Periostitis involves the IL1RN (interleukin-1 receptor antagonist) gene and utilizes the innate immune system, and pigment epithelium-derived factor (PEDF) Induced Signaling to establish its mechanisms. PEDF is a member of the serine proteinase inhibitor (serpin) family. This polypeptide is traced back to as the agent of inflammation in cases of periostitis. Interleukin-1 receptor antagonist (IL-1ra) and type II interleukin-1 receptor (IL-1R2) are the associated regulators of IL-1 biologic activity. During the inflammatory response, IL-1ra levels increase more than IL-1 levels, indicating that IL-1ra works to block further IL-1 activity and acts in the eventual termination of the inflammation; however, a mutation may inhibit IL-1ra activity. Individuals with this mutation either do not make or make defective, IL-1 receptor antagonists (IL-1Ra). This condition is known as DIRA (deficiency of the interleukin-1 receptor antagonist), which is caused by homozygous recessive deletions of 2q13, E77X, N52KfsX25, and Q54X genes. The absence of IL-1ra results in unchallenged signaling through the IL-1R, leading to hyperactivity of cells related to IL-1-alpha and IL-1-beta with overproduction of inflammatory cytokines and chemokines. The malfunctioning of the IL-1 pathway yields systemic inflammation. Osteomyelitis may show a correlation with periostitis; however, misassociation has persisted in the past due to similar symptoms. Acute periostitis seldom affects the joints and may lead to the destruction of the medulla without acute inflammation. Congenital infection with syphilis may also lead to periostitis in newborn infants.
Endosteal hyperostosis is an autosomal dominant sclerosing bone disorder marked by skeletal densification. This condition is common in the tubular long bones and the cranial vault without a prominent risk of fracture. The syndrome results from a mutation in the low-density lipoprotein receptor-related protein-5 (LRP5) gene that yields increased bone formation. G171V mutation in the LPR5 was identified as the sub-mechanism. It can be distinguished from VBD and sclerostosis via a more harmless clinical presentation, although the radiological analysis may overlap.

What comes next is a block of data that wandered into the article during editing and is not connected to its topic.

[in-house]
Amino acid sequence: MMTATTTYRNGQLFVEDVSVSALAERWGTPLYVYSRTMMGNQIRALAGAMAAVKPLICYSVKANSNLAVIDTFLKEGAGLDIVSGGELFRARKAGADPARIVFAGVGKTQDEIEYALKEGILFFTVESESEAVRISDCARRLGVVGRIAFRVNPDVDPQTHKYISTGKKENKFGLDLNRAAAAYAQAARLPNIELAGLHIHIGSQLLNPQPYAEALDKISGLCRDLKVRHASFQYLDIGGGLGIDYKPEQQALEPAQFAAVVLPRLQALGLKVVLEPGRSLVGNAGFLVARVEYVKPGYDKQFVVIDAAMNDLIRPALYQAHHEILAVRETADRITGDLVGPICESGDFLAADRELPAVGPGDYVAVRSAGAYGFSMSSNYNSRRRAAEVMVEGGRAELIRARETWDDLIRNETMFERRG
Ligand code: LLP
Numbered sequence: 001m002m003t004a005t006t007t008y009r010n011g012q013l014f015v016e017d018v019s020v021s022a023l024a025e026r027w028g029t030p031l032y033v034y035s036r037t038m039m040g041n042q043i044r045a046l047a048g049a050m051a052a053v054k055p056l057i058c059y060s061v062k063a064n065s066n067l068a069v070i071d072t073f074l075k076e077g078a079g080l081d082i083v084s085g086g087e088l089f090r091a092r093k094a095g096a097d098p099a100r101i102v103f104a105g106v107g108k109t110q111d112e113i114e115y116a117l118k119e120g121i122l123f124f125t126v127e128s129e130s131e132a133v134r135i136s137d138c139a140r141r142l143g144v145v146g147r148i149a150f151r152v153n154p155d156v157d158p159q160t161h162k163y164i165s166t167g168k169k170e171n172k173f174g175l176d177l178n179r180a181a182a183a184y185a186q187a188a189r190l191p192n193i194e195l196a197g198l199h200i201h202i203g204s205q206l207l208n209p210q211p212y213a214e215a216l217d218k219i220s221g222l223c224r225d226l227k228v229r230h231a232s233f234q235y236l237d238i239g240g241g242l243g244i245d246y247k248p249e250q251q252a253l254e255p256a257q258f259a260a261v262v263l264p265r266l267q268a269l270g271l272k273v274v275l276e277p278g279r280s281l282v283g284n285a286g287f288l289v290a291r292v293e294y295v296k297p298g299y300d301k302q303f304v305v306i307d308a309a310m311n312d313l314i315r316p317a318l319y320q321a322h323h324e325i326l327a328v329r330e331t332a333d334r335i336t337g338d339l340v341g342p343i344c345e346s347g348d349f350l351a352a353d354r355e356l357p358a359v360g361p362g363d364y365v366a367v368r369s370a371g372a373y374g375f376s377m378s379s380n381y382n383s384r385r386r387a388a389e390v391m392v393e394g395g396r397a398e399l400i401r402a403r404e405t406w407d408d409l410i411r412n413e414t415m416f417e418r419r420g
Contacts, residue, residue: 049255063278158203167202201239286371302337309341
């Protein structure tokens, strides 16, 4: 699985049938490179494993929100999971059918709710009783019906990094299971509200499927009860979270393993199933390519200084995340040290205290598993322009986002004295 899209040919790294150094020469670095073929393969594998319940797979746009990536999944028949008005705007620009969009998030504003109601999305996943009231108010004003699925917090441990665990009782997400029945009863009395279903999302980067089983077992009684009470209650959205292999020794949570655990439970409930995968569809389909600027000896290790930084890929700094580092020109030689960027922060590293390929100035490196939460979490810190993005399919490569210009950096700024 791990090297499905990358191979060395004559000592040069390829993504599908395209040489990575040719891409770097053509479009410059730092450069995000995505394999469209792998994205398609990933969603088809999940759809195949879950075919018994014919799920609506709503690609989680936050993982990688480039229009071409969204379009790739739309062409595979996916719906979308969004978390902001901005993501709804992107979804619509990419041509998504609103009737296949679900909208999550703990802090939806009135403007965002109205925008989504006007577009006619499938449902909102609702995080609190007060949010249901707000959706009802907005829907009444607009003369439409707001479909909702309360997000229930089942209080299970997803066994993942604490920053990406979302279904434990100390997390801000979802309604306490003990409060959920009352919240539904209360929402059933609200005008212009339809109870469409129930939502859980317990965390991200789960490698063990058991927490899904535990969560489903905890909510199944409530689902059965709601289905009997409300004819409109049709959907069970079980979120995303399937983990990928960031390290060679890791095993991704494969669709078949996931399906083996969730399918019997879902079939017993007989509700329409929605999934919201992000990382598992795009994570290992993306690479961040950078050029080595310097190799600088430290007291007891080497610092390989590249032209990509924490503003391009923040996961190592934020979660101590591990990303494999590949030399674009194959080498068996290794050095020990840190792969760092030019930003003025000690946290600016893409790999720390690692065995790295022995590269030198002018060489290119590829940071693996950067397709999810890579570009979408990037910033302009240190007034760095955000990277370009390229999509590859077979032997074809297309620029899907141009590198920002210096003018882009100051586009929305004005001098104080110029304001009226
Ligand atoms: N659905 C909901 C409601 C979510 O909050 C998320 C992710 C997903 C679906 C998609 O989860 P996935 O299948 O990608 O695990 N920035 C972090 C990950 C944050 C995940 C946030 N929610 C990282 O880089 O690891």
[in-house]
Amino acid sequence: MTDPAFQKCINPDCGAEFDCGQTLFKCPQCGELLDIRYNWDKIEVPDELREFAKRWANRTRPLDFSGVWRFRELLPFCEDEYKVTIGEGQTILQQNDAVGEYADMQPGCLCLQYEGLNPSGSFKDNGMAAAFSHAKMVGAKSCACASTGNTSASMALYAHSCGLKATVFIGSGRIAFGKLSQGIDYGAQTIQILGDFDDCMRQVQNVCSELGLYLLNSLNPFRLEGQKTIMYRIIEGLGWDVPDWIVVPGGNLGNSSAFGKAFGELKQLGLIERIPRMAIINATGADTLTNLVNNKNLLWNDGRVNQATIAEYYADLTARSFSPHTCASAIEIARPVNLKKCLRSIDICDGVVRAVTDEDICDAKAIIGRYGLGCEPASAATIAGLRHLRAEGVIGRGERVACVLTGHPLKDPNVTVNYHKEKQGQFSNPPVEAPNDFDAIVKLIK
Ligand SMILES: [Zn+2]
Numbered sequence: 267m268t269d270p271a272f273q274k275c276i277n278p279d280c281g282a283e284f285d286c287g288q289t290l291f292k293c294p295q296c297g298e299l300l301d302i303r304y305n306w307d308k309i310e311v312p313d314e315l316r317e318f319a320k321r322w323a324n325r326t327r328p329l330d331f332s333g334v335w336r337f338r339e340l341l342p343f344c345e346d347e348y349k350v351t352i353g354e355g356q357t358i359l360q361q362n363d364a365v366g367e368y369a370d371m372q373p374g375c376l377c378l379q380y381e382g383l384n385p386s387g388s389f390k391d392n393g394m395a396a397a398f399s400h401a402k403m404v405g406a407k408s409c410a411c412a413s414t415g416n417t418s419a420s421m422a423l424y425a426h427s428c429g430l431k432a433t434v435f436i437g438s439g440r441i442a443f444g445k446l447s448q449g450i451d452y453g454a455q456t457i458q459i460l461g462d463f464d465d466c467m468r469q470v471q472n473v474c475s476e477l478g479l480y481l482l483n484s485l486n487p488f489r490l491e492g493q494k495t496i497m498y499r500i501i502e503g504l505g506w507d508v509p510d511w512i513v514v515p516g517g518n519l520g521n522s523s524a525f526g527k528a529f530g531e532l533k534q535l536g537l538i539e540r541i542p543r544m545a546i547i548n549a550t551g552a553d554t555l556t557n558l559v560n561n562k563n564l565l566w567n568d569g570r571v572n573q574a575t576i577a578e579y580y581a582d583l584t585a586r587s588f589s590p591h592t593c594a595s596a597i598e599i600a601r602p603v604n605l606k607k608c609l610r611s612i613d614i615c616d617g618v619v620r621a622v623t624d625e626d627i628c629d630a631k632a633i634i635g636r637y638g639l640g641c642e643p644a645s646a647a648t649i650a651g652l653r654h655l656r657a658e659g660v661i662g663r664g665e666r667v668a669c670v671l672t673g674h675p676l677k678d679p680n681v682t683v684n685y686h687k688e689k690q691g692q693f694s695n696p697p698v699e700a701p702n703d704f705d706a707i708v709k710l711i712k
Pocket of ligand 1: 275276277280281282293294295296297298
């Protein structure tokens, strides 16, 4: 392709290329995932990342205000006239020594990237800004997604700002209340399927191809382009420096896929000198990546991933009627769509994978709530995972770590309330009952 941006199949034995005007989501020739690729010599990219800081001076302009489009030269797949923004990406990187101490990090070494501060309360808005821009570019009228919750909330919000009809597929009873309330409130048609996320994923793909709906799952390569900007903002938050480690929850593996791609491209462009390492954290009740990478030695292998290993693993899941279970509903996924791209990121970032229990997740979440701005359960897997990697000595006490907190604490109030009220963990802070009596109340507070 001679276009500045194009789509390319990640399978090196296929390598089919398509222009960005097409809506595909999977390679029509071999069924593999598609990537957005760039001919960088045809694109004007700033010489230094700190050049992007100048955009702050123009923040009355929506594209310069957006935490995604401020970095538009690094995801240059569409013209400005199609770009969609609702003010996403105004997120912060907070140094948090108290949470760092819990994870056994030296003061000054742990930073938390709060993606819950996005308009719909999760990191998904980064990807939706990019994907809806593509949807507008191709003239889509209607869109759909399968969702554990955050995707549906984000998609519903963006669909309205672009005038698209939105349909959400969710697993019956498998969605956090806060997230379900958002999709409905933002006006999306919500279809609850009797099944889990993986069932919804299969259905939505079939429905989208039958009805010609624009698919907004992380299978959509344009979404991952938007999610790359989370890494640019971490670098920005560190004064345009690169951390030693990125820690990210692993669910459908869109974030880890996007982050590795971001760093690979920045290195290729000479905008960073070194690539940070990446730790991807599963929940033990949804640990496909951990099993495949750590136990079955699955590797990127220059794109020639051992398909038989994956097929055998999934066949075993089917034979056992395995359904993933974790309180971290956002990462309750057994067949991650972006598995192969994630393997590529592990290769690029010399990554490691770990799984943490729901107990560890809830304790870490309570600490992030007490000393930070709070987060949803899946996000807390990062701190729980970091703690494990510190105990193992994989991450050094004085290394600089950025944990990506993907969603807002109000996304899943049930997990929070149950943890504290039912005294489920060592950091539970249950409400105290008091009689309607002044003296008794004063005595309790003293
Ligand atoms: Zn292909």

Cartilage repair: Cambium layer (deep layer) of the periosteum contains multipotent stem cells that can differentiate in both osteoblasts as well as chondroblasts. The periosteal graft can help to repair the articular cartilage defect.
Bone repair: The periosteum is also used to repair a bone defect; the fibula is one of the common bone used for bone grafting. Various reconstructive surgical procedures now require autologous periosteum for repairing lost tissues.
Excessive periosteal generation contributes to Paget’s disease. A heterogeneous region of osteosclerotic bone models in precincts of the formerly pure osteolytic skeleton. Long bones and patchy sclerosis that superimposes on earlier osteolytic processes directly show this development. Over time, bone traits may evolve into a dominant osteosclerotic appearance. The appearance is coordinated with periosteal new bone formation, increasing bone circumference.